Just my personal opinion, I think interest only loans are a bad idea. You are correct in assuming that you gain no equity in your home with an interest only loan, since equity refers to the part of your home you actually own as oppossed to the interest you pay on the rest of it. If you plan on selling the house and moving in a few years, you might be ok. However, say in 5 or 6 years you need a new roof or want to put in a pool, or you basically just need some money. On an interest only loan, you don't have the ability to use the equity you have accrued to make home improvements.
If you can affored payments on a fixed loan, I would go with that. Interest only is too scary a thought for me personally. I don't know how you could ever own your house with that kind of loan.
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I would only go interest only for the following reasons:
1. You know the home prices will go up.
2. You are not going to be in the home more than 5 years.
3. The house payment will go up almost $787.00 per month at the end of 10 years as that is how much needs to be paid back over 20 years to cover the principal. So don't take this loan unless you plan on moving soon.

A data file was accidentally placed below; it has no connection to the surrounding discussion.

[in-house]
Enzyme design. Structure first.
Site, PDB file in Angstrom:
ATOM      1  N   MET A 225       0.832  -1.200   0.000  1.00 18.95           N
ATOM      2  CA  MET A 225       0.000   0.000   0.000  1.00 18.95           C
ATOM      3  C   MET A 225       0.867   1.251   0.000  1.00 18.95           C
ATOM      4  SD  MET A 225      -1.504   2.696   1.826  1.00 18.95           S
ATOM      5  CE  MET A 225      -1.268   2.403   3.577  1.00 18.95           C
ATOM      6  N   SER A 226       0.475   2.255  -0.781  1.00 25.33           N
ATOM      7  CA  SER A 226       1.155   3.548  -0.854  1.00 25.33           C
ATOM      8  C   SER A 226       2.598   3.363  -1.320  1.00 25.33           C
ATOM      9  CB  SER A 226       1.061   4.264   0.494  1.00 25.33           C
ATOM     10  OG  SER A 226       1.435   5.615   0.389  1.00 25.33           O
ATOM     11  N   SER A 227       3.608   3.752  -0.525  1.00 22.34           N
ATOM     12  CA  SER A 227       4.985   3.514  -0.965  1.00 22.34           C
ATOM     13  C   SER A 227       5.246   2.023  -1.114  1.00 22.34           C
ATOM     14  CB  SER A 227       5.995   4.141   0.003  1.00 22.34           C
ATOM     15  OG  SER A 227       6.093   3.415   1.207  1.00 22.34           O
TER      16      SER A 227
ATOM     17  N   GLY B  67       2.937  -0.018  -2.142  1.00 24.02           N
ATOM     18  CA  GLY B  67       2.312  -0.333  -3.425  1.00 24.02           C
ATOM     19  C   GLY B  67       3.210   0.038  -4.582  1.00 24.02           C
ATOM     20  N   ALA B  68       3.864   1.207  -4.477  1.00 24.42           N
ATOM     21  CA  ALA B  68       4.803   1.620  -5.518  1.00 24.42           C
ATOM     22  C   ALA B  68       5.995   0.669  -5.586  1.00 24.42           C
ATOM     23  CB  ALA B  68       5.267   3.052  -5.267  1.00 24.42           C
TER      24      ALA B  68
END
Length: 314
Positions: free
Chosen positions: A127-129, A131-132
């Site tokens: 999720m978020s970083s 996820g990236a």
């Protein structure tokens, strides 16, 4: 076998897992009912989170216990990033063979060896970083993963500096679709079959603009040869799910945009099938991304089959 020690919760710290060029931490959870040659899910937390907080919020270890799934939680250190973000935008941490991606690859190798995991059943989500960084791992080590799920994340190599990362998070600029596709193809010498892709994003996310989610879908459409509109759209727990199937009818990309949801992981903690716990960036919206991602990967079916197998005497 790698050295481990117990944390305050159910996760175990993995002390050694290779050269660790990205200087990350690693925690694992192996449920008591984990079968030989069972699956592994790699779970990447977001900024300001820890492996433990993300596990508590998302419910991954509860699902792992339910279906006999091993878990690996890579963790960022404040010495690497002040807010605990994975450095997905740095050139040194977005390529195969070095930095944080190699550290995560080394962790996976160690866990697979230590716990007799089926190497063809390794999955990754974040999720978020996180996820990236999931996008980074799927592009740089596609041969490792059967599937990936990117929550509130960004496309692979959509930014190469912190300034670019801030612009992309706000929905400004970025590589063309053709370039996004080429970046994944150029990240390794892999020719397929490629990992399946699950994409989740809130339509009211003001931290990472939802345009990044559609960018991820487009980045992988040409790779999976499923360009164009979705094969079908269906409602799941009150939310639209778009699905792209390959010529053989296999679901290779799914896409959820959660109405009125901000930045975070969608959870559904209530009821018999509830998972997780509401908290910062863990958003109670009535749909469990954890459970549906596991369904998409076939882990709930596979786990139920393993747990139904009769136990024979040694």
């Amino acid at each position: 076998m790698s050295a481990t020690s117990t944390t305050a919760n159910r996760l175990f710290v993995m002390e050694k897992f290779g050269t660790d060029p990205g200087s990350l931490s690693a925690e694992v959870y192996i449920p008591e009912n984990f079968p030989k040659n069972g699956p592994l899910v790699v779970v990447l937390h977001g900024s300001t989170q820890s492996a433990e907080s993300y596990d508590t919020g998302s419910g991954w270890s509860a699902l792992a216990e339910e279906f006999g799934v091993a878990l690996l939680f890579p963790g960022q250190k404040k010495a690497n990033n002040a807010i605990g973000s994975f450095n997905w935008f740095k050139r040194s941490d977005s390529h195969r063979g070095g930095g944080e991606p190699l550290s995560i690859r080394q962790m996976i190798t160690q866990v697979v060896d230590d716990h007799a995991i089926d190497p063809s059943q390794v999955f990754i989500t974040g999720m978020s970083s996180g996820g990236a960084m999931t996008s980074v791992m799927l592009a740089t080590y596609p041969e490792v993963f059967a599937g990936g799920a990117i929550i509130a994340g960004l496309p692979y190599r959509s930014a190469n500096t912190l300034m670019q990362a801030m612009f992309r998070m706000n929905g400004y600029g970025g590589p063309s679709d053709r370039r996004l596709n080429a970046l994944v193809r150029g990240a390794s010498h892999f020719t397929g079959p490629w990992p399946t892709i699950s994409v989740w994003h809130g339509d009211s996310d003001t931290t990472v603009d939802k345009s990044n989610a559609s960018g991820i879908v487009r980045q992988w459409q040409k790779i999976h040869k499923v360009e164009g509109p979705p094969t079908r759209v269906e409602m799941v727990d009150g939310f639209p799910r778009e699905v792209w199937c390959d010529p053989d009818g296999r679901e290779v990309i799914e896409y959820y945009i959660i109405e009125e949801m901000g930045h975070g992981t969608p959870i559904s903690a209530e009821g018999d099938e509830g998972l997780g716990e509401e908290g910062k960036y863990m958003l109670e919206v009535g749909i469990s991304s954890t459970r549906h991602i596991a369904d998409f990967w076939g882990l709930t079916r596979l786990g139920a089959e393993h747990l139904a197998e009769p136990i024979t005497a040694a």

When re-financing occurs, there will probably be a re-appraisal. Your Property Taxes will then be assessed on what the property is worth now, not what it was worth at time of purchase.
I work in appraisals so I can totally vouch for that. And the market is in a really bad state right now. I mean really bad. Values are not what they used to be. The trend I'm seeing is anywhere from $50k-$100k less than what things were a couple years ago... sometimes more. So many loans have been getting cancelled and several mortgage companies have been hit so bad they've had to shut their doors. Nobody knows how long this is going to last either. The last 2 days at my work have been almost totally dead. We're getting appraisal orders but not many.
I'm glad your husband mentioned that one first. That's the most important. And in this market that's not a given. In fact, as inventory goes up prices are going to come down. In San Diego the median sale price for a single family home is down $46,000 from February 2006.
Originally Posted by Nephythys
Equity also goes up with home appreciation, improvements in the house, $$ other homes are going for- not just what I pay into it.
In today's real estate market, home improvements are generally not going to be enough to keep up with the deflation in prices.
I work in foreclosures. My company buys, fixes, and resells foreclosure homes. And most of the sales we're seeing these days come from people who bought in the last couple of years with no money down, 80/20, interest only, or other exotic loan types. These things are bad news.
If you can refi to a 30 year fixed, you should do it. Trying to juggle strange loan types in a falling market isn't going to be fun.